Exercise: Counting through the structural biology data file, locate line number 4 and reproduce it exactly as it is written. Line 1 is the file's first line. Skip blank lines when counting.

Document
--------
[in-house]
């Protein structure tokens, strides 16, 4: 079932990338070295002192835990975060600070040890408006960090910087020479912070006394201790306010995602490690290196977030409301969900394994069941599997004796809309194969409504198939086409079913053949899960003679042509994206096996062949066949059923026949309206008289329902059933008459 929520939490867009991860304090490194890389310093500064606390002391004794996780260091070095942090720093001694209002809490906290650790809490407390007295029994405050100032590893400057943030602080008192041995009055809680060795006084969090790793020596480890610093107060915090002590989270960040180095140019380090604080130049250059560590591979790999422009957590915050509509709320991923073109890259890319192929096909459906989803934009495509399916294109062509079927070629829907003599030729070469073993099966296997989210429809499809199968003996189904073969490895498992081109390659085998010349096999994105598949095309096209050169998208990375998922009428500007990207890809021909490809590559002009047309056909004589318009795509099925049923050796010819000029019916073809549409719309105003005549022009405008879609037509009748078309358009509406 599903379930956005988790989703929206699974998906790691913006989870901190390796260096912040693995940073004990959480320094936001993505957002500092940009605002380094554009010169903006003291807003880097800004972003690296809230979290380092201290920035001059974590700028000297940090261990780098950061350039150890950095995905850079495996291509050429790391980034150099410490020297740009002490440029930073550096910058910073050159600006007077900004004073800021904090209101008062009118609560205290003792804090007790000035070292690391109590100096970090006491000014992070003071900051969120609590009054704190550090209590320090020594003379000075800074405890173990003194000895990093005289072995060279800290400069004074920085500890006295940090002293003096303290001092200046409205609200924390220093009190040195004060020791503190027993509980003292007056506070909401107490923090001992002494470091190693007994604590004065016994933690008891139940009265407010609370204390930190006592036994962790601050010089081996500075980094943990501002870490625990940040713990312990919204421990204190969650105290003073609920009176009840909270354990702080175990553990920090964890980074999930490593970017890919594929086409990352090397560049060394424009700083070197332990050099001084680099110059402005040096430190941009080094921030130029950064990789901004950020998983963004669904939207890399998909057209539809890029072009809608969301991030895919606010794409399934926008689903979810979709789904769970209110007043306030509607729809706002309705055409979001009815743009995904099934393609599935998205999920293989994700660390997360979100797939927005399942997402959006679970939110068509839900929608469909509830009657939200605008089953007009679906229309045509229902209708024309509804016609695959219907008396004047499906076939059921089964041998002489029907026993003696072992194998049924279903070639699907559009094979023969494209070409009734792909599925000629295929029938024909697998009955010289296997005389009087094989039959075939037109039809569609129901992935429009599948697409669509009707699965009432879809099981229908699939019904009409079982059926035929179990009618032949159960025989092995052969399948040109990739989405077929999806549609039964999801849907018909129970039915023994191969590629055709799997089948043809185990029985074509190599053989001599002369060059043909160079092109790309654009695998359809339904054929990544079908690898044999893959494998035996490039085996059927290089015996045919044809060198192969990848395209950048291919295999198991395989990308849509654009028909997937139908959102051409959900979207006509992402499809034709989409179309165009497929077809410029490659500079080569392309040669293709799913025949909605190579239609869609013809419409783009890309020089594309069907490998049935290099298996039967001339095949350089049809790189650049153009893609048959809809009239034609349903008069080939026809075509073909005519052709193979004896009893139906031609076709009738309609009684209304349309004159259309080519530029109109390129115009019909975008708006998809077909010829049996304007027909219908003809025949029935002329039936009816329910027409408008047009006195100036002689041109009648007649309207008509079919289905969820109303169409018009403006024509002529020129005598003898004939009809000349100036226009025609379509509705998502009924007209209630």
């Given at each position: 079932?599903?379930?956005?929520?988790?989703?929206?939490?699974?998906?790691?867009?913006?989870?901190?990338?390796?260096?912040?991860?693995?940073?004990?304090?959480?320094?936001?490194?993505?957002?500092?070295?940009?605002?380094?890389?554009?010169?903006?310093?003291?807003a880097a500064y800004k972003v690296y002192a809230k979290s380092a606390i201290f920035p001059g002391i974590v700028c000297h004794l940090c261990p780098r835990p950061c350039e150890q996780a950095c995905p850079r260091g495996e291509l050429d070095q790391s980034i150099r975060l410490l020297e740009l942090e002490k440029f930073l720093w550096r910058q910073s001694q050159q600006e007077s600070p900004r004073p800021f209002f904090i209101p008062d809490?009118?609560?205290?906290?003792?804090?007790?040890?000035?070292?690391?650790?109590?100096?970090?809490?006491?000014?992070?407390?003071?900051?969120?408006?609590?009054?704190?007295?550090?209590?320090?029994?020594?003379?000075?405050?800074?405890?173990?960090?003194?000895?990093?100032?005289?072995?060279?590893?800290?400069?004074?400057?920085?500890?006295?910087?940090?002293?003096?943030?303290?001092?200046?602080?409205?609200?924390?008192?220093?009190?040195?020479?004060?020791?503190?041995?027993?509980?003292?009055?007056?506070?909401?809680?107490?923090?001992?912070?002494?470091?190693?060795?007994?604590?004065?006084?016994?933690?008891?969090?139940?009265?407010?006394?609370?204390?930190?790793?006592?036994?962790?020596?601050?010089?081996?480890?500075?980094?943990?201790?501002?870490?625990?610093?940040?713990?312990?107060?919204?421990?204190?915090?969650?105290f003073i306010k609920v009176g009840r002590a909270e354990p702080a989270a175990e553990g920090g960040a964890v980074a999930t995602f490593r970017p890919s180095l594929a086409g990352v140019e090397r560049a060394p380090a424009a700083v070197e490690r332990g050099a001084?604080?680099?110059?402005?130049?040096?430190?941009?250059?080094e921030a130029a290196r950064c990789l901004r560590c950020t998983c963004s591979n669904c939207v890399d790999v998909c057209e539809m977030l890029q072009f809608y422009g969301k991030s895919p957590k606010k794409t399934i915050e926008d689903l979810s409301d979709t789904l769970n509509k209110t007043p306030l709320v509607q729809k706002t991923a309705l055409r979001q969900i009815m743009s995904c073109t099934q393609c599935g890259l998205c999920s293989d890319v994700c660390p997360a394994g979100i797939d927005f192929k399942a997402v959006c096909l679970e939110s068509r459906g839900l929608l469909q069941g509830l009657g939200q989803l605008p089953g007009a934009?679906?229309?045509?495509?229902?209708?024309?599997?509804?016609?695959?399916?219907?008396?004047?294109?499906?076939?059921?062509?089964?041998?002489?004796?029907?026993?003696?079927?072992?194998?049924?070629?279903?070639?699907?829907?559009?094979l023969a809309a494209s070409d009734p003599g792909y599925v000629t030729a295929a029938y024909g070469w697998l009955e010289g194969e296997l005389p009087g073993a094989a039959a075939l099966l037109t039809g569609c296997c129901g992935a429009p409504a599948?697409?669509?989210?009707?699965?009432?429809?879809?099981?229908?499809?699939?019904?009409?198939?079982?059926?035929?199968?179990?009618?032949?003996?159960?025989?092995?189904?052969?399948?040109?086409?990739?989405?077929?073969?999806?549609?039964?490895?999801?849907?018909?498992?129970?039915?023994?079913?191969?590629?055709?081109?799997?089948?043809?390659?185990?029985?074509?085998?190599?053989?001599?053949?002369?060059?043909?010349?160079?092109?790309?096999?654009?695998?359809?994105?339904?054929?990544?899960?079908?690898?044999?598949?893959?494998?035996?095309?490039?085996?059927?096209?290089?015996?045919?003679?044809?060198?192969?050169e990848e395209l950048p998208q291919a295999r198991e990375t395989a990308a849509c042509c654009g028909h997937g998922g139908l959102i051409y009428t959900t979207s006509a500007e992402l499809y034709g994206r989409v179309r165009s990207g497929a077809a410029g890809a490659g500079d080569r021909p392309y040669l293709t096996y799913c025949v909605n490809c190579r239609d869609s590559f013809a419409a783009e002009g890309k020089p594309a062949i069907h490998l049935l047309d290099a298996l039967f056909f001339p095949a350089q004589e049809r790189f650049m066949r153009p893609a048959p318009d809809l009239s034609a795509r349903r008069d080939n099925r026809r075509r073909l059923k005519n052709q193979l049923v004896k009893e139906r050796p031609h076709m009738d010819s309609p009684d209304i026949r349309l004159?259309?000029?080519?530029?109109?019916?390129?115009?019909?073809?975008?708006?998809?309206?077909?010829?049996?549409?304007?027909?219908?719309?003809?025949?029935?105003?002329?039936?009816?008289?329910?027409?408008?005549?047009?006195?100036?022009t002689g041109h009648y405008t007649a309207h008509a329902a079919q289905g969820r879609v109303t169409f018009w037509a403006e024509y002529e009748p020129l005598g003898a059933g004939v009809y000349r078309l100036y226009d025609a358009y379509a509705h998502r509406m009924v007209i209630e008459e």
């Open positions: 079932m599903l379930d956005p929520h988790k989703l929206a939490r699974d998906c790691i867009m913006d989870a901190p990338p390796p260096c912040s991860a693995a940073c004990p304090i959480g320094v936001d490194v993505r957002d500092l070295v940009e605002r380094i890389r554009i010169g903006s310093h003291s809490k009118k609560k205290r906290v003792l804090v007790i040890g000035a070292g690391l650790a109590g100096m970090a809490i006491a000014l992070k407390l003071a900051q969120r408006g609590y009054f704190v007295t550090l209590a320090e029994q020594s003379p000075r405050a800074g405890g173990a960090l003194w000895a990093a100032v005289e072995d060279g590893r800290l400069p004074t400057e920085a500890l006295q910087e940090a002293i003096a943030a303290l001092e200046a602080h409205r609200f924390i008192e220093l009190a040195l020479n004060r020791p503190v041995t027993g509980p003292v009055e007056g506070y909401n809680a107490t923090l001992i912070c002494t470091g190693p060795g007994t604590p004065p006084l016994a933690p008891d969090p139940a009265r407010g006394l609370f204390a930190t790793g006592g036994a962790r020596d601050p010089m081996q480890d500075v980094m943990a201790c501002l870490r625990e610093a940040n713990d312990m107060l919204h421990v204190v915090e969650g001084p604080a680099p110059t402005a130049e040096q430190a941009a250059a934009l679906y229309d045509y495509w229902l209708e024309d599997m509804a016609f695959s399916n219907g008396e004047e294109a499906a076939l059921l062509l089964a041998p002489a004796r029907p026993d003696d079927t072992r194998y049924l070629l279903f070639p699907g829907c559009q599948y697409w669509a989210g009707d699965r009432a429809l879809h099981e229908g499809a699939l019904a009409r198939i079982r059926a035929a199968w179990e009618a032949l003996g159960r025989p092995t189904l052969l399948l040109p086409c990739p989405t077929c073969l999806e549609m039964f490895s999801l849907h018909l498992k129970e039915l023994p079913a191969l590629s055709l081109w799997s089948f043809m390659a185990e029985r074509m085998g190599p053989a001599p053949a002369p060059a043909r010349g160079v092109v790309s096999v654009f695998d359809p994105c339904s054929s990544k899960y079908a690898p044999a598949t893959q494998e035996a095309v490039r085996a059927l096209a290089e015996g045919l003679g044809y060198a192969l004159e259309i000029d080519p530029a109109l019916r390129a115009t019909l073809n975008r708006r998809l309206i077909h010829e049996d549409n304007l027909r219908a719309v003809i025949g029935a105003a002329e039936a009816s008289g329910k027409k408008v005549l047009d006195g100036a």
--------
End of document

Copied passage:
């Open positions: 079932m599903l379930d956005p929520h988790k989703l929206a939490r699974d998906c790691i867009m913006d989870a901190p990338p390796p260096c912040s991860a693995a940073c004990p304090i959480g320094v936001d490194v993505r957002d500092l070295v940009e605002r380094i890389r554009i010169g903006s310093h003291s809490k009118k609560k205290r906290v003792l804090v007790i040890g000035a070292g690391l650790a109590g100096m970090a809490i006491a000014l992070k407390l003071a900051q969120r408006g609590y009054f704190v007295t550090l209590a320090e029994q020594s003379p000075r405050a800074g405890g173990a960090l003194w000895a990093a100032v005289e072995d060279g590893r800290l400069p004074t400057e920085a500890l006295q910087e940090a002293i003096a943030a303290l001092e200046a602080h409205r609200f924390i008192e220093l009190a040195l020479n004060r020791p503190v041995t027993g509980p003292v009055e007056g506070y909401n809680a107490t923090l001992i912070c002494t470091g190693p060795g007994t604590p004065p006084l016994a933690p008891d969090p139940a009265r407010g006394l609370f204390a930190t790793g006592g036994a962790r020596d601050p010089m081996q480890d500075v980094m943990a201790c501002l870490r625990e610093a940040n713990d312990m107060l919204h421990v204190v915090e969650g001084p604080a680099p110059t402005a130049e040096q430190a941009a250059a934009l679906y229309d045509y495509w229902l209708e024309d599997m509804a016609f695959s399916n219907g008396e004047e294109a499906a076939l059921l062509l089964a041998p002489a004796r029907p026993d003696d079927t072992r194998y049924l070629l279903f070639p699907g829907c559009q599948y697409w669509a989210g009707d699965r009432a429809l879809h099981e229908g499809a699939l019904a009409r198939i079982r059926a035929a199968w179990e009618a032949l003996g159960r025989p092995t189904l052969l399948l040109p086409c990739p989405t077929c073969l999806e549609m039964f490895s999801l849907h018909l498992k129970e039915l023994p079913a191969l590629s055709l081109w799997s089948f043809m390659a185990e029985r074509m085998g190599p053989a001599p053949a002369p060059a043909r010349g160079v092109v790309s096999v654009f695998d359809p994105c339904s054929s990544k899960y079908a690898p044999a598949t893959q494998e035996a095309v490039r085996a059927l096209a290089e015996g045919l003679g044809y060198a192969l004159e259309i000029d080519p530029a109109l019916r390129a115009t019909l073809n975008r708006r998809l309206i077909h010829e049996d549409n304007l027909r219908a719309v003809i025949g029935a105003a002329e039936a009816s008289g329910k027409k408008v005549l047009d006195g100036a």